Basics of Competition

Basics of Competition

Key aspects of competition explained.

By Marcia Smith

Is competition necessary for a capitalist economy?

Yes, competition among businesses and people is necessary for an economy to be considered ‘capitalist’. That does not mean free reign is given to businesses to operate outside of the scope of government regulation, however. In fact, statutes that protect personal property, for example, are essential within capitalism.

Essentially, required for capitalism are privately owned industries operating for profit; there are many corollaries that may follow from this, competition being one

What is monopolistic competition?

Monopolistic competition is in some senses the opposite of perfect competition. Under this type of market a number of suppliers are all targeting the same market, however, each supplier offers a unique product or service from all other competitors. In the short-term, firms can act like monopolies, but over a longer period, as more firms enter the market the benefits of differentiation decrease.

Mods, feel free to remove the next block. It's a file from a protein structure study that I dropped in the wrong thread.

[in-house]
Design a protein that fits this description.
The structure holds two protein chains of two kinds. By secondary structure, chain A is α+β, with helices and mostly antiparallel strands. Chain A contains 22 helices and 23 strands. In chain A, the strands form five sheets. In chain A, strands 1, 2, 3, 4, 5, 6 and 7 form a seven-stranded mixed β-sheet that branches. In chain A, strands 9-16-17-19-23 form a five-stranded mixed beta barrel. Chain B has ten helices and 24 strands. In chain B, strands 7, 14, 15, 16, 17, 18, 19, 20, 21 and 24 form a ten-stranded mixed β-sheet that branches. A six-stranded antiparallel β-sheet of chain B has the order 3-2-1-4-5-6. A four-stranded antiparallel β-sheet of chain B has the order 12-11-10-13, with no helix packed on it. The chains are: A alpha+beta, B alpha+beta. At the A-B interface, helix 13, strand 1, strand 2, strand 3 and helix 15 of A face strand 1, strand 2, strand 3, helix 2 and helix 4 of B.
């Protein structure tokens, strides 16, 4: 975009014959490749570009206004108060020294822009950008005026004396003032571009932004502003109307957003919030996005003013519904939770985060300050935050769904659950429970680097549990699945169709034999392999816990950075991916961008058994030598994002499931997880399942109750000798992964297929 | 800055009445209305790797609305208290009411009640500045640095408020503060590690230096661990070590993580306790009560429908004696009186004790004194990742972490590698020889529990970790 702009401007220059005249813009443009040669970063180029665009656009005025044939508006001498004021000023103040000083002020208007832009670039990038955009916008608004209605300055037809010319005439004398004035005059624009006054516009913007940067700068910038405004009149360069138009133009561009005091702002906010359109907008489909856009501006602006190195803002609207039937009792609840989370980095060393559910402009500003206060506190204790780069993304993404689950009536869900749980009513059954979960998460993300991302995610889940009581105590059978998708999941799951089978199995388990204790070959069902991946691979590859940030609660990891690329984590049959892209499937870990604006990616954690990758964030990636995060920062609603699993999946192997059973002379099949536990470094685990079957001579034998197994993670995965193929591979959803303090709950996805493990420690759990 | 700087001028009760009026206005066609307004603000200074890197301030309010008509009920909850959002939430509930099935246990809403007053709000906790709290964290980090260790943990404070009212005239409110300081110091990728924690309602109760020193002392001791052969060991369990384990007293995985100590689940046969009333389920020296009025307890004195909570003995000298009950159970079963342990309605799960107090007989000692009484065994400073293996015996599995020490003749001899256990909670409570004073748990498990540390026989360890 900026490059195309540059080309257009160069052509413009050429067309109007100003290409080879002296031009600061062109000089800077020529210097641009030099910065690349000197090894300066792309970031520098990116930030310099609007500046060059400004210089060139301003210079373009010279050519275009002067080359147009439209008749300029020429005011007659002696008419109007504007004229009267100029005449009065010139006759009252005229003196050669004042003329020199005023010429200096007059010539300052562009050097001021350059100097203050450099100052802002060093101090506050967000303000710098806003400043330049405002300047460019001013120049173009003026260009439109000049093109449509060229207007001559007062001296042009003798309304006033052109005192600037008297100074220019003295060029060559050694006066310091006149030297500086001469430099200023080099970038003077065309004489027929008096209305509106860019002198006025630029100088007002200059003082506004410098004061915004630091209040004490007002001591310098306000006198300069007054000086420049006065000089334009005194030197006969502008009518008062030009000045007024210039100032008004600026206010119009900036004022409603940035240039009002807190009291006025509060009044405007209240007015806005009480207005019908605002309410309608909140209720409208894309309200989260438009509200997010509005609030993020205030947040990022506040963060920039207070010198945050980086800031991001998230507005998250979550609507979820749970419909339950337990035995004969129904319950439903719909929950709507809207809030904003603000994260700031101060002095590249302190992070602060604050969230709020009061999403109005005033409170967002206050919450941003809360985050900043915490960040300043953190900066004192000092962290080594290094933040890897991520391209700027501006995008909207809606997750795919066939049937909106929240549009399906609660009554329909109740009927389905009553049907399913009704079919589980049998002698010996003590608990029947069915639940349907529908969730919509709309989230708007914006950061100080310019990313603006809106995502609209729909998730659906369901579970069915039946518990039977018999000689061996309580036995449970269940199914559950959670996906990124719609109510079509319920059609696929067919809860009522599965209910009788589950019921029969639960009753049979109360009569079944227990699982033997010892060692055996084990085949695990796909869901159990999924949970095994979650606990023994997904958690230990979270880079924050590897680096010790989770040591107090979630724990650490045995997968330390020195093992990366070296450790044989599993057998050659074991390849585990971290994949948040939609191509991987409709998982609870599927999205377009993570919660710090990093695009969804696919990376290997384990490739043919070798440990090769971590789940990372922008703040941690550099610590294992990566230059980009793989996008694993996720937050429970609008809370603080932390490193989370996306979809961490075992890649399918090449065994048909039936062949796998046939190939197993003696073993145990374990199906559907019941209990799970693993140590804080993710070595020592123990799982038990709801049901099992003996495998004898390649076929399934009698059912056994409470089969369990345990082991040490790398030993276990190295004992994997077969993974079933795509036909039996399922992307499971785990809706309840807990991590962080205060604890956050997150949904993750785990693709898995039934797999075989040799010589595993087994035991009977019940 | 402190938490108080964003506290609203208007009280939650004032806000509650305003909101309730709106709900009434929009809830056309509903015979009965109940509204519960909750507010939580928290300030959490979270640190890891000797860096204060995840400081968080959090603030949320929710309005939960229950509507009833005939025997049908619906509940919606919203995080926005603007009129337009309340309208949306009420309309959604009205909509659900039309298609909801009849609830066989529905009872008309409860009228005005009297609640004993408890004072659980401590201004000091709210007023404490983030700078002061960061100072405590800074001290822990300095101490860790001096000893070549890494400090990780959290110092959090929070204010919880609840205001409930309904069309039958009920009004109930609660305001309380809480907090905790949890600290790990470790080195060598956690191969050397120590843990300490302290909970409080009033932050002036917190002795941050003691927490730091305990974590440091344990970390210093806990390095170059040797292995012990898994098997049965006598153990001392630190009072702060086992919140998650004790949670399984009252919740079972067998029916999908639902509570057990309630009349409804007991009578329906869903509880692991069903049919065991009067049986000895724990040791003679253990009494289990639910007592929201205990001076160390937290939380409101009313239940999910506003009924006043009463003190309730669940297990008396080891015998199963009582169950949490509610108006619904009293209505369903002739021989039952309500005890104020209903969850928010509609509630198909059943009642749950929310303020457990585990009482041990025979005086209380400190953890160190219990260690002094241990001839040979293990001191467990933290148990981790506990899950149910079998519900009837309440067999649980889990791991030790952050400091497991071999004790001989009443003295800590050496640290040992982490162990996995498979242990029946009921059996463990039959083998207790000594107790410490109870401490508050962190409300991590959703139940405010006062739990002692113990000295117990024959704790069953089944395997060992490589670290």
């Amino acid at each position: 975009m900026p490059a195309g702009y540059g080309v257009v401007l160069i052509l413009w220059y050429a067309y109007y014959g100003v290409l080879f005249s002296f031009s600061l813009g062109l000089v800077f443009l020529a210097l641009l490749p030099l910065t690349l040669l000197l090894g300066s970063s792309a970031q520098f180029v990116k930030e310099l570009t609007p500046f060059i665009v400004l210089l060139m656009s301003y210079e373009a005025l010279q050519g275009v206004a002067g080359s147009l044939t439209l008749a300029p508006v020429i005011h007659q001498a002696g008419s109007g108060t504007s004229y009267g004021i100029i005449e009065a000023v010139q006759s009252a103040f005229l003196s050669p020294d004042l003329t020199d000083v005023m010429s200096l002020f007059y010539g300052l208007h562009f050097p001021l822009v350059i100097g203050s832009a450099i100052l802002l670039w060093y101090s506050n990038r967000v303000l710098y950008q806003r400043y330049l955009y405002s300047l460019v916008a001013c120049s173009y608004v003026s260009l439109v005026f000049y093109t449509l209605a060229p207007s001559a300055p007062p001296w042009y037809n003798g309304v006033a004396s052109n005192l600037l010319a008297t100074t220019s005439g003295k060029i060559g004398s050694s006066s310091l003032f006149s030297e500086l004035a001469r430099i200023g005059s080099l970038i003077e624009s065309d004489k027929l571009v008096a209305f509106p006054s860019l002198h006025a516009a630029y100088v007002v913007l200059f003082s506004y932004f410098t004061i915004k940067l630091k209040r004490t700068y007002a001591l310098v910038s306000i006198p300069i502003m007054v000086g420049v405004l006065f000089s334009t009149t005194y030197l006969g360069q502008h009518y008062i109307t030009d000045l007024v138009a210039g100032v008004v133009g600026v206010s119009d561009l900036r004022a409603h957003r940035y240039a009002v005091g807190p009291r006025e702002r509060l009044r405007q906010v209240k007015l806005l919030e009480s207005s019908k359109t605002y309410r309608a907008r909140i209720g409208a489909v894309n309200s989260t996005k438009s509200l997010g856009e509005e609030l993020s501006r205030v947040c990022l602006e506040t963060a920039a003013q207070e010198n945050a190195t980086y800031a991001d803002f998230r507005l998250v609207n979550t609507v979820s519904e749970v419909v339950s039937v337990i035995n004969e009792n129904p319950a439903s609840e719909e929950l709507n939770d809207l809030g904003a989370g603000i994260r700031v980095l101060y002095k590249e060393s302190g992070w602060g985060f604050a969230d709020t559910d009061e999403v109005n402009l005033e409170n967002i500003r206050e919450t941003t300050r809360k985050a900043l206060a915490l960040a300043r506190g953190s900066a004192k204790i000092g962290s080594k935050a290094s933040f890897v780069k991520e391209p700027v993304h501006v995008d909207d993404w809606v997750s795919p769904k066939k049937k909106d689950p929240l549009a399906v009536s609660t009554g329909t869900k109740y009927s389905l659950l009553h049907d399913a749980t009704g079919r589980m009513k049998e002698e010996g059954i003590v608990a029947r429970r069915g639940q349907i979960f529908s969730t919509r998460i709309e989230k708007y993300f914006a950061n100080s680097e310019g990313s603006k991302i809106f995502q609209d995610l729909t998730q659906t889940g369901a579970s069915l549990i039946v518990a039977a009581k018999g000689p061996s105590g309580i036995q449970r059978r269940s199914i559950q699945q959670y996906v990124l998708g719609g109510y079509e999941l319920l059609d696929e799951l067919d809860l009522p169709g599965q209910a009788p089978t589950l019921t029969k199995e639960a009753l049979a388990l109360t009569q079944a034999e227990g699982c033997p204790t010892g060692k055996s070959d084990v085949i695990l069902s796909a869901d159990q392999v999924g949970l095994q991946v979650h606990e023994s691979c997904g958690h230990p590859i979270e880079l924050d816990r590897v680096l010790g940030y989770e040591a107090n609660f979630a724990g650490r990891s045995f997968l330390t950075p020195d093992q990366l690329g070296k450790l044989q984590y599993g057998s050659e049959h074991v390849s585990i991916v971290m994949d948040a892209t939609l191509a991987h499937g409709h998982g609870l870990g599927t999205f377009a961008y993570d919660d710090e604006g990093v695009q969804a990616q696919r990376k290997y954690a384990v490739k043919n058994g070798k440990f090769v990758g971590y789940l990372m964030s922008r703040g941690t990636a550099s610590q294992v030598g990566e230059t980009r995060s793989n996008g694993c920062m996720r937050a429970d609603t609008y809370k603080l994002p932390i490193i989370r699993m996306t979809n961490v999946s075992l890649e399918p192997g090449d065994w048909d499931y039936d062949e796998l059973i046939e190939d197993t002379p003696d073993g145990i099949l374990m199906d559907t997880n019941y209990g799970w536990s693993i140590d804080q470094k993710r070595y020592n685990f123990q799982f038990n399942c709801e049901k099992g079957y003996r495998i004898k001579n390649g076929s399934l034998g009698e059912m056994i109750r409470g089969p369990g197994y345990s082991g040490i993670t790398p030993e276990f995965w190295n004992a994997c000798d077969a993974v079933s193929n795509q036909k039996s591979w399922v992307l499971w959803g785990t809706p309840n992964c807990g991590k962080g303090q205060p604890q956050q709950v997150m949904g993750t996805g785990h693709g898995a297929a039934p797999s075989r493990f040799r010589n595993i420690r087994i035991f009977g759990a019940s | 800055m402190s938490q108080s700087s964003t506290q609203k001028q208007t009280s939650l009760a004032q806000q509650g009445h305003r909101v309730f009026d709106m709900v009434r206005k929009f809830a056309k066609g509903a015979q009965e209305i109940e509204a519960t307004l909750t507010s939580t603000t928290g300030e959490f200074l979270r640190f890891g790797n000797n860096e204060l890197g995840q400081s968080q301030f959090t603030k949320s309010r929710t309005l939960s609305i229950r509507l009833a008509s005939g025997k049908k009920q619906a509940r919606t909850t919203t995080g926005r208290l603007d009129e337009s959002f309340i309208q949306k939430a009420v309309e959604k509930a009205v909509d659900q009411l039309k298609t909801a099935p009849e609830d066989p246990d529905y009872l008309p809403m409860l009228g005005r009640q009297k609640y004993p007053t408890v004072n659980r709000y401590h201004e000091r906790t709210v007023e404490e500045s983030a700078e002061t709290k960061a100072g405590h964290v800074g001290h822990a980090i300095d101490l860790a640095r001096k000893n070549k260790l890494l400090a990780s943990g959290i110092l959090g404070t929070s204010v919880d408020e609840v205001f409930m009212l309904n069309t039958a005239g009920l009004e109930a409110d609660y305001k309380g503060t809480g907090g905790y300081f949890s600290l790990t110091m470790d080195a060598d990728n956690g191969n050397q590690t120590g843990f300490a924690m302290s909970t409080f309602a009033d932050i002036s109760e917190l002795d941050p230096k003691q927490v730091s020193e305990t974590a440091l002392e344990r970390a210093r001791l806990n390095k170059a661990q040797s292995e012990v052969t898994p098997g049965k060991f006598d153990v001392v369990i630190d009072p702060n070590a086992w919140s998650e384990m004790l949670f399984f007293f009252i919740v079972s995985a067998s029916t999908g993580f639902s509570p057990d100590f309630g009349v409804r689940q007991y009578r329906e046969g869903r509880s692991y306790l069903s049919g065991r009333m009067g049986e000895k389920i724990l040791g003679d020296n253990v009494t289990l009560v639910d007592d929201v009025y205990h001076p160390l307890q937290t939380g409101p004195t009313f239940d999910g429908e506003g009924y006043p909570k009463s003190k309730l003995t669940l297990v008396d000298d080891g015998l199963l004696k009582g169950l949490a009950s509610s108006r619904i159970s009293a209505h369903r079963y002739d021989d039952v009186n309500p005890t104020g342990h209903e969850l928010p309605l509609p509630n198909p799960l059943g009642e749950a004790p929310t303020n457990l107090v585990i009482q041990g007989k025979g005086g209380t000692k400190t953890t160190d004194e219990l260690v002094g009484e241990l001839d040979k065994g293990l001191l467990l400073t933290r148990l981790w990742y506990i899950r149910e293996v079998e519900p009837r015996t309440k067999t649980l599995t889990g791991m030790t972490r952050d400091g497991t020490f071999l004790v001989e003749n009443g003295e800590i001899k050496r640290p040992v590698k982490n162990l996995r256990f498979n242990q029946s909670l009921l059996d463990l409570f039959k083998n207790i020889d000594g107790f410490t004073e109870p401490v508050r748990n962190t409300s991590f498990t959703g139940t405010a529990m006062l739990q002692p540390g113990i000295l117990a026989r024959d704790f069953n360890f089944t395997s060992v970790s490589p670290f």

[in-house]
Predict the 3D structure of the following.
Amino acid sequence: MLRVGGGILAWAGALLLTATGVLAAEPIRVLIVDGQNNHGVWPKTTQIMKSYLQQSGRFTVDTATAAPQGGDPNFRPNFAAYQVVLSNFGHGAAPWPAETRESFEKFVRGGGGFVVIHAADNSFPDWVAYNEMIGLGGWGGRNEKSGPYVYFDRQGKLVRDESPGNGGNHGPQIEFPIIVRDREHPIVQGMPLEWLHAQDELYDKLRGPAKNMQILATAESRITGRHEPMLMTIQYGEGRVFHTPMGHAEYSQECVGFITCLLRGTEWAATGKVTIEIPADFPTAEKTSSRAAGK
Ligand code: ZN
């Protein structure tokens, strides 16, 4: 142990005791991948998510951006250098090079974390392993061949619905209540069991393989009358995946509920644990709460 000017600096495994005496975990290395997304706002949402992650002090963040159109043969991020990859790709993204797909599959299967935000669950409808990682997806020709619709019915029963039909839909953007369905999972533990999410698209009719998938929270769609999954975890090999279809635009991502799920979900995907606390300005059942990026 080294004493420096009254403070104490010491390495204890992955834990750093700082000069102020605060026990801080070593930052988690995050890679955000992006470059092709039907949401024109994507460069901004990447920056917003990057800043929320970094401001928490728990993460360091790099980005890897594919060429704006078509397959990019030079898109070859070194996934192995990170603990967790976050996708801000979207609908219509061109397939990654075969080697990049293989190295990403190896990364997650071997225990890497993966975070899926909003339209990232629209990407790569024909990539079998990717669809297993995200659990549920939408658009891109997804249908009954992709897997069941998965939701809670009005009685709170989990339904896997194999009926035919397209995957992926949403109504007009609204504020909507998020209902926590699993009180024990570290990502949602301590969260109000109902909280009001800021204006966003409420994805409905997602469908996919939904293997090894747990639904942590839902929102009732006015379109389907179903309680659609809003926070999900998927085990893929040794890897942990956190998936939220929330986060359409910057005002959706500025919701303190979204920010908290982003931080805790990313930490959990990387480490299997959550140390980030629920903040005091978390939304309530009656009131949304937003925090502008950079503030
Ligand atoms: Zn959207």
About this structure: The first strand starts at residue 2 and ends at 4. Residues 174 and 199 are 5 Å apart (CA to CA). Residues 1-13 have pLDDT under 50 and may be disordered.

Although niches exist in this market, in general a monopolistic market has many consumers and many producers, and therefore no business can exert total control over the market price.

What is pure competition?

Pure competition, also known as perfect competition, is a market which has a large number of independent sellers of a standardized product i.e. every seller is offering the same or very similar goods.

Perfectly competitive markets have four basic characteristics:

Can there ever be no competition?

A complete absence of competition in a market is almost impossible. Nationalised industries can have monopolies, but even if your product is brand new, there are very likely to be incumbents that will count as competition. Take Amazon — while no one necessarily sold books online when they launched, traditional bookshops were still competitors to Amazon.

Does UK competition law differ to other countries' rules?

UK competition law is broadly in line with the regulations and principles in place in the rest of the world – and particularly in other EU member states, which share a common regulatory framework due to the common market.

US competition law has a greater emphasis on consumer protection rather than market efficiency, whereas UK and EU regulations are more focused on preventing barriers to trade. The US has a higher threshold for monopolies, whereas the EU has looser standards of proof for unfair conduct. In terms of enforcement, the US takes a more litigious and sometimes criminal approach, whereas in the UK and EU enforcement is more regulatory and bureaucratic.